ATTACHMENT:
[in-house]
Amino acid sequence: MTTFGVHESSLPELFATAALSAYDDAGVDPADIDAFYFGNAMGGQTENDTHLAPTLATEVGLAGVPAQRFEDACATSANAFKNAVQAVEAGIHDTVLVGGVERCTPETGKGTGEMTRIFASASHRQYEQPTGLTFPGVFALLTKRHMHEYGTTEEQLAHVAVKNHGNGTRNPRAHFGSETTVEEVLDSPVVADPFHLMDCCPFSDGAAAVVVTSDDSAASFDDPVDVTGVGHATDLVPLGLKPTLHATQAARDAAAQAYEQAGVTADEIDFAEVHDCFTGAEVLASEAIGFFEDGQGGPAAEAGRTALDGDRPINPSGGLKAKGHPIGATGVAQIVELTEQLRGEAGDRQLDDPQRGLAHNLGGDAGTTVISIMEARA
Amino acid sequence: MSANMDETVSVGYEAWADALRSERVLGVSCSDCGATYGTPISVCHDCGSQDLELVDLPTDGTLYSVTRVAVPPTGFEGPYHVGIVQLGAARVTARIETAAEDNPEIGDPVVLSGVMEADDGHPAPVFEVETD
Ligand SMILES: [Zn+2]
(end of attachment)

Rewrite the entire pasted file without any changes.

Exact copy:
[in-house]
Amino acid sequence: MTTFGVHESSLPELFATAALSAYDDAGVDPADIDAFYFGNAMGGQTENDTHLAPTLATEVGLAGVPAQRFEDACATSANAFKNAVQAVEAGIHDTVLVGGVERCTPETGKGTGEMTRIFASASHRQYEQPTGLTFPGVFALLTKRHMHEYGTTEEQLAHVAVKNHGNGTRNPRAHFGSETTVEEVLDSPVVADPFHLMDCCPFSDGAAAVVVTSDDSAASFDDPVDVTGVGHATDLVPLGLKPTLHATQAARDAAAQAYEQAGVTADEIDFAEVHDCFTGAEVLASEAIGFFEDGQGGPAAEAGRTALDGDRPINPSGGLKAKGHPIGATGVAQIVELTEQLRGEAGDRQLDDPQRGLAHNLGGDAGTTVISIMEARA
Amino acid sequence: MSANMDETVSVGYEAWADALRSERVLGVSCSDCGATYGTPISVCHDCGSQDLELVDLPTDGTLYSVTRVAVPPTGFEGPYHVGIVQLGAARVTARIETAAEDNPEIGDPVVLSGVMEADDGHPAPVFEVETD
Ligand SMILES: [Zn+2]